We arrived in Singapore from Jakarta literally covered in mud and dirt (and feeling much too filthy to be in such a clean and trendy city); a result of having stayed the night in a fairly gross hotel in Jakarta, and having walked through a lot of mud on the flooded streets of Jakarta in search of food. Needless to say, we were not impressed with Jakarta, and Singapore was a welcome break from the living conditions in Indonesia. We only wish that this bit of respite in the Western world would have come a little later in the trip, and it begged the question: if we were tired of living in dirty hotel rooms after only 2 weeks in Indonesia, how are we going to last another 3 months after Singapore?
We were greeted at the airport by a friend of Chiswell, named Shawn Ang. Shawn lived in Singapore until he moved to Edmonton a few years ago, and he was our gracious and fearless tour guide for the four days we spent in Singapore. Knowing him made things a lot easier, as he taught us how to get around on public transit and showed us awesome places to eat and cool things to see. After hanging around the airport for a few hours (the airline lost my bag again!) we took the MRT (subway) to our hotel, then headed out downtown for a bite to eat. Shawn took us to Glutton’s Bay, an aptly named little outdoor food court where the best restaurants all have kiosks. Shawn was eager to show off Singapore’s awesome cuisine, so he got us a whole bunch of different dishes and stuffed us right up. Incidentally, Glutton’s Bay seems to be a great name for all of Singapore – it seemed like all we did was buy stuff and eat delicious food, baking and bubble tea, as Singapore is covered in shopping malls and food joints and it seems the city’s favourite pastime is shopping.
Chinese New Year and the Land of the Malls
Next, Shawn took us to the Esplanade, where there were still a bunch of celebrations and displays for Chinese New Year (Singapore is 70% Chinese, however the main language is English, or ‘Singlish’). We saw the beautiful city all lit up at night and many displays for all 12 animals of the lunar year. We also stopped to watch a traditional Chinese puppet show, a visit to the famous Singapore “Merlion,” and a stop for good luck in wealth at the “fountain of wealth” (also, of course, found at the heart of a mall). Singapore apparently has 180 malls in the city/country, which made it a bit fascinating to travel through. Every MRT stop is located inside a mall, and you inevitably pass through several on any given journey, making cheap good food fast and easy to find.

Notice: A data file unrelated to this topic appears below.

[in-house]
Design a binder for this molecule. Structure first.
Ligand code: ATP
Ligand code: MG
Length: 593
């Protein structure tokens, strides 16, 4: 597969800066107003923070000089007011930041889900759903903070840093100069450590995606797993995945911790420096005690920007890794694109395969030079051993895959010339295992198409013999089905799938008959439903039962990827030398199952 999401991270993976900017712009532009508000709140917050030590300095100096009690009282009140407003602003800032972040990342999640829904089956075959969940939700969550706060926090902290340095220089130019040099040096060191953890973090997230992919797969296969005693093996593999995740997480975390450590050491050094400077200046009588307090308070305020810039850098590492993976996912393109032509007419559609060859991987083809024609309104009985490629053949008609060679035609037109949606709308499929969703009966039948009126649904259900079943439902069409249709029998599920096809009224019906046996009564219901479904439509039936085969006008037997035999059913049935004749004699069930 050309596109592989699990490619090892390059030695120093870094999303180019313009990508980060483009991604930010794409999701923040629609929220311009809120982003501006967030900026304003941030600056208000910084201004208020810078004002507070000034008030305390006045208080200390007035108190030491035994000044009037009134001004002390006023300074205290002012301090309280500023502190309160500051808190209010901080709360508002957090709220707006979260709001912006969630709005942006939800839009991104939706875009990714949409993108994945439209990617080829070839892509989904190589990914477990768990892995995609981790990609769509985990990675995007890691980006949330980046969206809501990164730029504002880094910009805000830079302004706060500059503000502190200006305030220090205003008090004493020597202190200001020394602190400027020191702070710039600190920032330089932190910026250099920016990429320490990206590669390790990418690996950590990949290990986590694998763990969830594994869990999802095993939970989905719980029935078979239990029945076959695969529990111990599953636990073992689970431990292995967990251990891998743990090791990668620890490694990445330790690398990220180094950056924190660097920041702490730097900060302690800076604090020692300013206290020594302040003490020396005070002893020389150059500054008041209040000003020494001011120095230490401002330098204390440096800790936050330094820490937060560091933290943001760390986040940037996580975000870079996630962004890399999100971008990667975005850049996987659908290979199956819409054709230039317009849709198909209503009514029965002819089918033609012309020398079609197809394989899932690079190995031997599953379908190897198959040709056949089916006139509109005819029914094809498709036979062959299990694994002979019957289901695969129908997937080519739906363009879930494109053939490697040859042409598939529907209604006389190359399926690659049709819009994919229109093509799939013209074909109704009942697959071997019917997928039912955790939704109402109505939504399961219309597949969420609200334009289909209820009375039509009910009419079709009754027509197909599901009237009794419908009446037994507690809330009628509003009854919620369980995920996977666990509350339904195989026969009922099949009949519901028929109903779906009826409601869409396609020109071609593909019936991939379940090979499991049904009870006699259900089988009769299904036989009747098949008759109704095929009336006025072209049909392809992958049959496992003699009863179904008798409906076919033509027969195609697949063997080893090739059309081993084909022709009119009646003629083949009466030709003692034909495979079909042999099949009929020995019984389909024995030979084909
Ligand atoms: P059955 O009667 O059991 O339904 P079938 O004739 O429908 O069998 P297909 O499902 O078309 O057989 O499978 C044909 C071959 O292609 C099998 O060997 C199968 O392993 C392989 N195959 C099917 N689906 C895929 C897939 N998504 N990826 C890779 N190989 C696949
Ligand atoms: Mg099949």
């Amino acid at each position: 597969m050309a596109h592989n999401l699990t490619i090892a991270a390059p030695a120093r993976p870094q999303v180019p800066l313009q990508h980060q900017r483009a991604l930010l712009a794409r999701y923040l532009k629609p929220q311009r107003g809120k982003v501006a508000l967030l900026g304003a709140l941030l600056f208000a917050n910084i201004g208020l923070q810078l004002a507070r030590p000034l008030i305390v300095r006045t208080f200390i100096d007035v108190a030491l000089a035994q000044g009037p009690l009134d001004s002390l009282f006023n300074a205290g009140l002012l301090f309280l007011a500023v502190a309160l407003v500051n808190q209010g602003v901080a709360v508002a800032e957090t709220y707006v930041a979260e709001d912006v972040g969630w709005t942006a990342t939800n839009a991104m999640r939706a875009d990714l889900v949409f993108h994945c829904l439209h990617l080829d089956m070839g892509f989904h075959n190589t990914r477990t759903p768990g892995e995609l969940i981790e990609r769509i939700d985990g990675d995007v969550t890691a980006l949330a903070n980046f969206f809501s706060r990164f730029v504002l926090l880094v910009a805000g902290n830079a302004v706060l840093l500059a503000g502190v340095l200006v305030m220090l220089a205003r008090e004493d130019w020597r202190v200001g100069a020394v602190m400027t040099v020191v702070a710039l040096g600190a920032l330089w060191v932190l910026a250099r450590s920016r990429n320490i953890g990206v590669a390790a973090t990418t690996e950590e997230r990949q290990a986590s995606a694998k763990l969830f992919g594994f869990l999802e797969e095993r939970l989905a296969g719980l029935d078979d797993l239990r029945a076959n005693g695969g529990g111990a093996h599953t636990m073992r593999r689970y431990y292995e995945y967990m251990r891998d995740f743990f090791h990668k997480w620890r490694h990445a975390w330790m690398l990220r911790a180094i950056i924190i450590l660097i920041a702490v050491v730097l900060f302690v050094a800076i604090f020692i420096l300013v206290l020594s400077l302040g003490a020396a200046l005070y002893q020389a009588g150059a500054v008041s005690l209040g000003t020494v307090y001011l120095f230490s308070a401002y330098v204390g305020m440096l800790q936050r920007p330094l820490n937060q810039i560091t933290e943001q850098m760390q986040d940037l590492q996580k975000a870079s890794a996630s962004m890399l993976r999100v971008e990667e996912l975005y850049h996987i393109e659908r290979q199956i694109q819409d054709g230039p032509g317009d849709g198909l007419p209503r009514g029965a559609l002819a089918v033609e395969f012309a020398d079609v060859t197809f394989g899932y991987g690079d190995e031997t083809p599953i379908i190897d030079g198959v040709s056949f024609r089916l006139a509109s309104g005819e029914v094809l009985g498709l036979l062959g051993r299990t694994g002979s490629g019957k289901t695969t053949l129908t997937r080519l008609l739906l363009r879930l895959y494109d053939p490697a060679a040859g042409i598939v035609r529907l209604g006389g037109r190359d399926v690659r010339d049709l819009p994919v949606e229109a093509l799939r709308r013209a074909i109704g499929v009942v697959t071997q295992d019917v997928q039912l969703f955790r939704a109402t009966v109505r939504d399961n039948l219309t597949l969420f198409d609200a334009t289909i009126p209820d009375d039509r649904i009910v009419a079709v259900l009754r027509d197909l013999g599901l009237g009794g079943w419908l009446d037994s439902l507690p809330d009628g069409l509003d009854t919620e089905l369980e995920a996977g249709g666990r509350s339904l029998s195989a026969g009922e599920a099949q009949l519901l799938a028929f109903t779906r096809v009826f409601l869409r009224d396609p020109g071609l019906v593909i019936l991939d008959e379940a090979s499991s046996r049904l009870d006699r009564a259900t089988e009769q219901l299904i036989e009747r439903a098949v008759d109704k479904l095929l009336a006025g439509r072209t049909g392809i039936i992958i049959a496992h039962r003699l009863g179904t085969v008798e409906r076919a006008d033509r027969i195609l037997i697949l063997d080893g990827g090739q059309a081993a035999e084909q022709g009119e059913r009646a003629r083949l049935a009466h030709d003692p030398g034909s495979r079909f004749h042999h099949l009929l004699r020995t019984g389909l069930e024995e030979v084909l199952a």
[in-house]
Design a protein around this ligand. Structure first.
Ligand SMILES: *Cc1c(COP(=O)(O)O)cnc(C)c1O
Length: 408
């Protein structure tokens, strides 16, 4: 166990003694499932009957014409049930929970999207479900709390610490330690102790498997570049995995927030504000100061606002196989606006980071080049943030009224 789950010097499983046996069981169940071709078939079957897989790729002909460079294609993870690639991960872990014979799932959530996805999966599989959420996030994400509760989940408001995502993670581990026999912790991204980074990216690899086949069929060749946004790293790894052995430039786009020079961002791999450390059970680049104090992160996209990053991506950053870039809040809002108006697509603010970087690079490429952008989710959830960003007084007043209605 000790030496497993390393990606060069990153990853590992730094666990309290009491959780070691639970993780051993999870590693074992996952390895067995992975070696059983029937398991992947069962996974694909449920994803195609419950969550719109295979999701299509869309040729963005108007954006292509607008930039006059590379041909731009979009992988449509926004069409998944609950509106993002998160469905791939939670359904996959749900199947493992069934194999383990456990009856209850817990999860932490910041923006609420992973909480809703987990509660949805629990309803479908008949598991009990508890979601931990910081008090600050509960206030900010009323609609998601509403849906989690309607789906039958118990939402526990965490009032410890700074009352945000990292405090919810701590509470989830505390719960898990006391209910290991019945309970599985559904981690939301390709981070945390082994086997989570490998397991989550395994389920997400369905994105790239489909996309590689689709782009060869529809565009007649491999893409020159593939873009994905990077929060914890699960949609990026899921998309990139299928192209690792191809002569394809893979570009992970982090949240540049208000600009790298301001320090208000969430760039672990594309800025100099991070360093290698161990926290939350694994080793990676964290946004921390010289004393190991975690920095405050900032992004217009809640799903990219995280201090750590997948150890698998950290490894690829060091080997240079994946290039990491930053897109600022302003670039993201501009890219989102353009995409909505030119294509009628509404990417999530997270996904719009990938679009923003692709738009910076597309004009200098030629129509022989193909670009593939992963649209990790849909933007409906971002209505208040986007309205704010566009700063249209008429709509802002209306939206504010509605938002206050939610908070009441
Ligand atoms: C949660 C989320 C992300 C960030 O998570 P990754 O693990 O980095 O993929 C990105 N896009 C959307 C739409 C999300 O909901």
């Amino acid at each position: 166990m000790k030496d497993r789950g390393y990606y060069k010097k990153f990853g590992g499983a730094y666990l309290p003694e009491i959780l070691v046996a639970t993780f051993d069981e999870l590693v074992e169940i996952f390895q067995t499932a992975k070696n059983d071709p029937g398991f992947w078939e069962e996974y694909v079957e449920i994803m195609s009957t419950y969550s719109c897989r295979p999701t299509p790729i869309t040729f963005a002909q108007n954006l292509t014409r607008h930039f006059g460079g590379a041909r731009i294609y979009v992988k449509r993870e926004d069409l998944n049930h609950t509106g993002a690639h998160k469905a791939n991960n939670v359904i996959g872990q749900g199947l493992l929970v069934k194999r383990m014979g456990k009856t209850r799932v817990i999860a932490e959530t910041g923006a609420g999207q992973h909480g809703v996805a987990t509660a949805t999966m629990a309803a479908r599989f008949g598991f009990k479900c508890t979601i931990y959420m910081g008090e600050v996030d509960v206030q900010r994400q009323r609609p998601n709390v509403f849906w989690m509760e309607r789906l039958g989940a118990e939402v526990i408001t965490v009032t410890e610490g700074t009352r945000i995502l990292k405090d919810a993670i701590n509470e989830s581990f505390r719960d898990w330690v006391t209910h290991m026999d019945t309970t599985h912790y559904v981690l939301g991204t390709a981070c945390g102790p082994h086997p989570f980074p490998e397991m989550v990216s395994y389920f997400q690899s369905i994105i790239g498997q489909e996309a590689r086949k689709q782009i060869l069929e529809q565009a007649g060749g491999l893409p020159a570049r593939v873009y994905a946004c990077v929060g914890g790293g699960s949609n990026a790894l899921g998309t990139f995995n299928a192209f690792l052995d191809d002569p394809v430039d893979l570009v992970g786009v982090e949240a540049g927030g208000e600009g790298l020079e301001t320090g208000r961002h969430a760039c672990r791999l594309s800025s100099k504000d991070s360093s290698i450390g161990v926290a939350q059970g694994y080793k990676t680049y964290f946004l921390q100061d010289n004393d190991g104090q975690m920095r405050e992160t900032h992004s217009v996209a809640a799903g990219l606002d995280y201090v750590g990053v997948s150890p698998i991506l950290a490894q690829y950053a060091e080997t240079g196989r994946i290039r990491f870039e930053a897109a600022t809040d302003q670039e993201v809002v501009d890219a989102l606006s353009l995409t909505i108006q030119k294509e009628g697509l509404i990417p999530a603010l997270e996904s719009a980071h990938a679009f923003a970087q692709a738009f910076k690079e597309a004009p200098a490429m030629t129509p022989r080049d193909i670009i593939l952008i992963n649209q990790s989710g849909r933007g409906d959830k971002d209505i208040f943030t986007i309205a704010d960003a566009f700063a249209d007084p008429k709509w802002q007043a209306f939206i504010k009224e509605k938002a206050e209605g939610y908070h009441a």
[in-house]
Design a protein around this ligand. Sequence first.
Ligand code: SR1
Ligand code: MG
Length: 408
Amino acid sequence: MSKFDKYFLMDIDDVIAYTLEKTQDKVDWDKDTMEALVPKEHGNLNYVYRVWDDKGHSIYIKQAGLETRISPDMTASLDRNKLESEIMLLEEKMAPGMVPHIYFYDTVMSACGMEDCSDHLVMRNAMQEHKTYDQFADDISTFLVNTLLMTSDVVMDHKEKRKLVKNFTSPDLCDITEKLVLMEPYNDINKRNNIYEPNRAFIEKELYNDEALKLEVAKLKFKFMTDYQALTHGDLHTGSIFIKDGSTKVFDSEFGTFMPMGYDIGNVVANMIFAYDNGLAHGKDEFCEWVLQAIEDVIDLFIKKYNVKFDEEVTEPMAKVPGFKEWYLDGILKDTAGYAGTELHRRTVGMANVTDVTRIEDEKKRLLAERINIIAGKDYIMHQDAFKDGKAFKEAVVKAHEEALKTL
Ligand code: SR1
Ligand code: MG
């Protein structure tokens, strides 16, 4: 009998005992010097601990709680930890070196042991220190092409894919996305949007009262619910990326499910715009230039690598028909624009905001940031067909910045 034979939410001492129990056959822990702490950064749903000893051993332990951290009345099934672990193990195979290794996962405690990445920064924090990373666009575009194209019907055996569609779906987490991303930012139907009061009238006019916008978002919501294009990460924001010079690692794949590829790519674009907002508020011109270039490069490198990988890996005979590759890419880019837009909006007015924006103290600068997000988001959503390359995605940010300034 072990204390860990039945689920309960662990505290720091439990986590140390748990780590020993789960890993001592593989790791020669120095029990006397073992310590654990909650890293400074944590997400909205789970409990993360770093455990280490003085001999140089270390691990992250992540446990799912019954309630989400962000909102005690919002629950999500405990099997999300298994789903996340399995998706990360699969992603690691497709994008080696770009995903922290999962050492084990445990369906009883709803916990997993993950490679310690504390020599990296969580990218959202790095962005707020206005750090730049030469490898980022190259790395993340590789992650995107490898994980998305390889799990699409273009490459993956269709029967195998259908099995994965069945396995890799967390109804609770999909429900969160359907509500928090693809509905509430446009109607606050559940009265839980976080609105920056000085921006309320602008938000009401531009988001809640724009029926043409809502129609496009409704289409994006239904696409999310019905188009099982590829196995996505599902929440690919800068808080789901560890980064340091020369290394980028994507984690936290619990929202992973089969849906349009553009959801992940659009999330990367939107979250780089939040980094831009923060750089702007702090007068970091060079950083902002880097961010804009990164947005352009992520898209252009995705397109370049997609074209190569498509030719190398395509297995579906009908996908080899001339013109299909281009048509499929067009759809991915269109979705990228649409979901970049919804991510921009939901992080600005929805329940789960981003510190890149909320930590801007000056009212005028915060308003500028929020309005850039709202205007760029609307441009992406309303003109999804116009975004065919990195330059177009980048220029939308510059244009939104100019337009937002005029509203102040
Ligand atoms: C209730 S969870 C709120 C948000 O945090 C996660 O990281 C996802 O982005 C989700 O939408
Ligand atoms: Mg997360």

We spent our second day in Singapore basically exploring all the malls. Our first stop was a yummy sushi restaurant, where we ordered via computer. Not as cool as Sydney (you used a mouse instead of your finger and the food didn’t come instantaneously like it did there), but still fun. We then went in search of Scott’s Mecca: a mall called Sim Lim, which is an entire mall dedicated solely to technology. We were thinking that perhaps we could find a cheap camera or laptop, since Singapore has some of the most advanced products in the world. Upon arriving at the mall, however, we discovered that it was not cheap, and it was worse than West Ed – nearly every level duplicated the same store. We wondered if perhaps the stores on the uppermost levels were cheaper, since fewer people make it to the top? Nope. Apparently, you just have to go into each store searching for a deal and asking them for what you are looking for. My eyes pretty much glazed over within the first 15 minutes (now I really know what it is like for Scott to come shopping with me for clothes…), but Scott was in a limbo between ecstasy and overwhelm. We spent awhile chugging around, but since the deals weren’t really to be had, we pretty much left empty-handed.
After the Sim Lim mall, we went walking around the city, but unfortunately, it started to rain…which essentially forced us into more malls. We were pretty tired of all the malls at this point, so we just headed home and tried to go for a swim in our “resort’s” pool. Oh yes, now this resort (this is a bit off topic, but requires explanation nonetheless). When I booked online, it told me that the place we were staying was a Hostelling International Hostel. We get there, and it’s what Shawn described as a local Singaporean “chalet,” or type of campground. Every suite had a designated BBQ and picnic table on the ground, which resulted in approximately 1,000 of them. On Saturday night, it was intense – everyone was out there grilling meat! It also had this amazing pool located on a second level outside, whereby you passed underneath it to see people swimming above you. And, of course, it was located inside a mall. Most bizarre place I’ve ever stayed…and so NOT what we expected when booking an HI. Anyway, so we spent that evening attempting to swim in the pool (which was a glorious 50 meter pool), but the four dollar goggles I bought in Indonesia broke as soon as I put them on…and I’m really NOT a fan of swimming blindly and crashing into other people (which did ensue at this point). Needless to say, our workout was short-lived, and our priority list for the next day involved buying a pair of goggles…in….you guessed it: a mall!